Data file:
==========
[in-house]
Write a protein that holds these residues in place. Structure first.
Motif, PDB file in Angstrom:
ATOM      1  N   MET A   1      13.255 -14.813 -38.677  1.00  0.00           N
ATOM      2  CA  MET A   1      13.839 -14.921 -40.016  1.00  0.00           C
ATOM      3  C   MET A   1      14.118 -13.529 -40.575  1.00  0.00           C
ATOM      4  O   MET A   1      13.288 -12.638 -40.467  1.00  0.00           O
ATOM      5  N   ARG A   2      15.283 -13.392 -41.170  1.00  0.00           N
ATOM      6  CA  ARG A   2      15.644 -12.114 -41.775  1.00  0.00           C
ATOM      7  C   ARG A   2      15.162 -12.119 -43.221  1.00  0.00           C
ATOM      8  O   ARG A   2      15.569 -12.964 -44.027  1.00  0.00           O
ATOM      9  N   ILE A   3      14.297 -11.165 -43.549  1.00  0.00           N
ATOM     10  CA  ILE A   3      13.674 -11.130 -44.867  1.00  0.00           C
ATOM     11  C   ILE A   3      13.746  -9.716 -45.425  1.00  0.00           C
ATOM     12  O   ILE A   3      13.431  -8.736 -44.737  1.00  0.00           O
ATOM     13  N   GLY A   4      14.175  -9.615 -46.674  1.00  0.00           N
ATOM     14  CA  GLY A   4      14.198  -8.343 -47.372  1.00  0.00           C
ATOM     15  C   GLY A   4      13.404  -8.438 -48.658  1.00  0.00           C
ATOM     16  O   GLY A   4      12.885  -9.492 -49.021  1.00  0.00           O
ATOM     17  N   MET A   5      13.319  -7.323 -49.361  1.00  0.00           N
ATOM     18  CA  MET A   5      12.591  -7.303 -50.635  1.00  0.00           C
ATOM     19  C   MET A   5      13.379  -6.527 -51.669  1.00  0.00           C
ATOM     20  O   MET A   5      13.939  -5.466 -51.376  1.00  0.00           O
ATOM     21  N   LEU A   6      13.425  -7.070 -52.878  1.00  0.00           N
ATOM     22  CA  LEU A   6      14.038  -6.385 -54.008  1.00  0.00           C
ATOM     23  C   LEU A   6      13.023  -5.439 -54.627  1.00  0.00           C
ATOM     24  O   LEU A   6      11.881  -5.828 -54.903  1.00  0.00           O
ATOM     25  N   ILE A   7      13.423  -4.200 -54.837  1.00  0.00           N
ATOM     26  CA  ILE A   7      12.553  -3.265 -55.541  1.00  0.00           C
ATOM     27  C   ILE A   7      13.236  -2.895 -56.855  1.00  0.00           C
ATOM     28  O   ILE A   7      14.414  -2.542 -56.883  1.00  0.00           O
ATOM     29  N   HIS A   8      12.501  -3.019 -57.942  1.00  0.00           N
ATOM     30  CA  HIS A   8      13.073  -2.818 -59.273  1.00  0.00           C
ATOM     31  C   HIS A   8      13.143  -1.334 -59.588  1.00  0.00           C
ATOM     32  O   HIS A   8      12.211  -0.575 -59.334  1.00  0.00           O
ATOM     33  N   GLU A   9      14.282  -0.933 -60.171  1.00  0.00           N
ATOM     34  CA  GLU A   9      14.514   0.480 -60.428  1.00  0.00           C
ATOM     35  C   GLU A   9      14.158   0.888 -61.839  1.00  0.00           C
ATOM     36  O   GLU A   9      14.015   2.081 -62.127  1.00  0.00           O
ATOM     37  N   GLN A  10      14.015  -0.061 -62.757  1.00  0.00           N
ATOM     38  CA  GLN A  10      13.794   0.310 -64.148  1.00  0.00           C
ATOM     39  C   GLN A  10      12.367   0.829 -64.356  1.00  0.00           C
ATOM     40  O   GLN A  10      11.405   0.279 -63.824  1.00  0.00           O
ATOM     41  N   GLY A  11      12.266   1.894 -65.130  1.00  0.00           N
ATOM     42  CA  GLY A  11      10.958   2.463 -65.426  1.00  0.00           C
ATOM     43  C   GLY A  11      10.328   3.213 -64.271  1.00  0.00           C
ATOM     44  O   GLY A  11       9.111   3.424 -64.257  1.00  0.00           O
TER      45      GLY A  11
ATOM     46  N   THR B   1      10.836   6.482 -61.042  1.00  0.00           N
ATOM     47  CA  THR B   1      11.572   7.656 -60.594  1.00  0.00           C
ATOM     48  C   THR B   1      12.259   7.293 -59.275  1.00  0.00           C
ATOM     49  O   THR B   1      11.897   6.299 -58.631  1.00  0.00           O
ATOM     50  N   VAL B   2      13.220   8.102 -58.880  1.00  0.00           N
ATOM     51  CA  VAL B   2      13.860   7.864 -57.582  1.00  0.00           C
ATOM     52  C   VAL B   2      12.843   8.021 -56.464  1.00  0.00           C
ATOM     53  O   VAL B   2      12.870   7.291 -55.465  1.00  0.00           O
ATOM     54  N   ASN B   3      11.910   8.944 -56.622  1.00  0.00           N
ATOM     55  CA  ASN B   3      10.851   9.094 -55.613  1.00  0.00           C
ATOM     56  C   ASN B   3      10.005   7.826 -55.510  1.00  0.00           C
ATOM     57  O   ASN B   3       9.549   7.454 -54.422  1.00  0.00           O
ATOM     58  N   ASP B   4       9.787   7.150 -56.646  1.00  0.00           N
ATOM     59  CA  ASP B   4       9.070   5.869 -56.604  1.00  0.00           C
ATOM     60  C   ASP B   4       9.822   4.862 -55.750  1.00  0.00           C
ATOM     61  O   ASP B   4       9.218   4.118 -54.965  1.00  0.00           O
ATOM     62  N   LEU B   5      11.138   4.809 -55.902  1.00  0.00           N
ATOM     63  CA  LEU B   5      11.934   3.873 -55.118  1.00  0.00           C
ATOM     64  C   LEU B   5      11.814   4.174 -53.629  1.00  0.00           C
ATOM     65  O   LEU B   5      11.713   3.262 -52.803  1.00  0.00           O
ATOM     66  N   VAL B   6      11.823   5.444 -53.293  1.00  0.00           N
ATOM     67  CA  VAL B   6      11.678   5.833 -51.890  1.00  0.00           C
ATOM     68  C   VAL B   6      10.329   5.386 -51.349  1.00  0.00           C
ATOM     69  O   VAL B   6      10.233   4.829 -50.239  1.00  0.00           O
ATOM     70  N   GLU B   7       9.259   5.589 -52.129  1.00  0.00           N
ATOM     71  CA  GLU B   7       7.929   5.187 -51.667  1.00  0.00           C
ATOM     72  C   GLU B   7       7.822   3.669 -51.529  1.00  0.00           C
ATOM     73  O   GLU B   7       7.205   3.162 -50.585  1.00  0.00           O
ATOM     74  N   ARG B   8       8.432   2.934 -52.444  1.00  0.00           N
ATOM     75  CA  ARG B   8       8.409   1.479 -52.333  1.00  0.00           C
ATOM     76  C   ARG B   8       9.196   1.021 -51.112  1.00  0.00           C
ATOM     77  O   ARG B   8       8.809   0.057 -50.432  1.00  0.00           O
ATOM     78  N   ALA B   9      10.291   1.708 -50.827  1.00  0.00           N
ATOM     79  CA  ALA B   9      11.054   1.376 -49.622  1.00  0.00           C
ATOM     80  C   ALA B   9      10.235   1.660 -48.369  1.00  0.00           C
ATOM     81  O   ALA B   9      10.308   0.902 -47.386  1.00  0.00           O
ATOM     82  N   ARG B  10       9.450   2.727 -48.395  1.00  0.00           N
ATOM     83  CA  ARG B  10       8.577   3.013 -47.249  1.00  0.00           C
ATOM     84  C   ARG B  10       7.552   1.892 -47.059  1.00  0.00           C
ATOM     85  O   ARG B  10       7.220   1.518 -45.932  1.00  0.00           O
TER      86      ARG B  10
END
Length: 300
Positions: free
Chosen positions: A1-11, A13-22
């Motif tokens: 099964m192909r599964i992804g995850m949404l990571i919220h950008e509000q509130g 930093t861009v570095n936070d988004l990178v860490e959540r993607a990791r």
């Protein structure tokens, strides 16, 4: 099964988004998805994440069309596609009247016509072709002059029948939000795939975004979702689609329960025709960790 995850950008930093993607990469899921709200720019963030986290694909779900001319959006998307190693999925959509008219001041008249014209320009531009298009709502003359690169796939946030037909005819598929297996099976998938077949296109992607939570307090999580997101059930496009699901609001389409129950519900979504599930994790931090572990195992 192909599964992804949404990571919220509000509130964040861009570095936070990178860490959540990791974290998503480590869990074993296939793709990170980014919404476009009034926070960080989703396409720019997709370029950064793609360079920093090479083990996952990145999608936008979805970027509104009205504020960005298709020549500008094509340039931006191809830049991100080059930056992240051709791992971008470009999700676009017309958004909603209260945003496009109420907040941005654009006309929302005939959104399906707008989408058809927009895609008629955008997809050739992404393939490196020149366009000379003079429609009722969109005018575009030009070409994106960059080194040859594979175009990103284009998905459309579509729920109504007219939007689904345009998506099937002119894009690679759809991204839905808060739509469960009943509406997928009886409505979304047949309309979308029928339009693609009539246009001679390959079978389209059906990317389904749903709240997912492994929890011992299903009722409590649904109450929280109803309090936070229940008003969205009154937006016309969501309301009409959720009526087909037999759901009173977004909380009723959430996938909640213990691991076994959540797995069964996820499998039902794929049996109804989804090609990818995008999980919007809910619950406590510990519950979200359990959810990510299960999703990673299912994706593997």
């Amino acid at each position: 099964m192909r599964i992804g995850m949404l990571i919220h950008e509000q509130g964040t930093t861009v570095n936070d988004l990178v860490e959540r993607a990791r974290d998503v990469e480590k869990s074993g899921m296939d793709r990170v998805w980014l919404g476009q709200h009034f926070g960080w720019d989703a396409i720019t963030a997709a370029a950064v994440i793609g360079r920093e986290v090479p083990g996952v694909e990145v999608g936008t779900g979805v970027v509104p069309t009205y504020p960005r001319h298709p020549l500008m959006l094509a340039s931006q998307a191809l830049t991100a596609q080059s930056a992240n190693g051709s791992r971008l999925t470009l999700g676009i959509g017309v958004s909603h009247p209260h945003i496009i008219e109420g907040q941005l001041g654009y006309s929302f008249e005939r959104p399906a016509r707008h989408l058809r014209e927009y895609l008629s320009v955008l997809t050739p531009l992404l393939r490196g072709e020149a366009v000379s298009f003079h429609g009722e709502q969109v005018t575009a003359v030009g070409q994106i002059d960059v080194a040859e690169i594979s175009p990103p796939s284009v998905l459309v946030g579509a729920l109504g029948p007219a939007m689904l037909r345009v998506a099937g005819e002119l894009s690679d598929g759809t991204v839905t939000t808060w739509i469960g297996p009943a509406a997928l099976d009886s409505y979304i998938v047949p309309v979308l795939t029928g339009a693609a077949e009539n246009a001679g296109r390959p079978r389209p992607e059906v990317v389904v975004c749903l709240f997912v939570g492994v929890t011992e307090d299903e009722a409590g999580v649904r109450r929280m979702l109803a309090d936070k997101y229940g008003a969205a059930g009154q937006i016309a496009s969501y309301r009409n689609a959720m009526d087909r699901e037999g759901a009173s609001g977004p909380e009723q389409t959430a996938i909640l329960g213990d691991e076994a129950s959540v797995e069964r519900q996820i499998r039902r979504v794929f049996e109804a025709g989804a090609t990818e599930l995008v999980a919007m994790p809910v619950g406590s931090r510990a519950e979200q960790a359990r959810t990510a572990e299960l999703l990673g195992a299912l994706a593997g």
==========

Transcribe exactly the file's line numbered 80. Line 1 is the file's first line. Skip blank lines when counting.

ATOM     77  O   ARG B   8       8.809   0.057 -50.432  1.00  0.00           O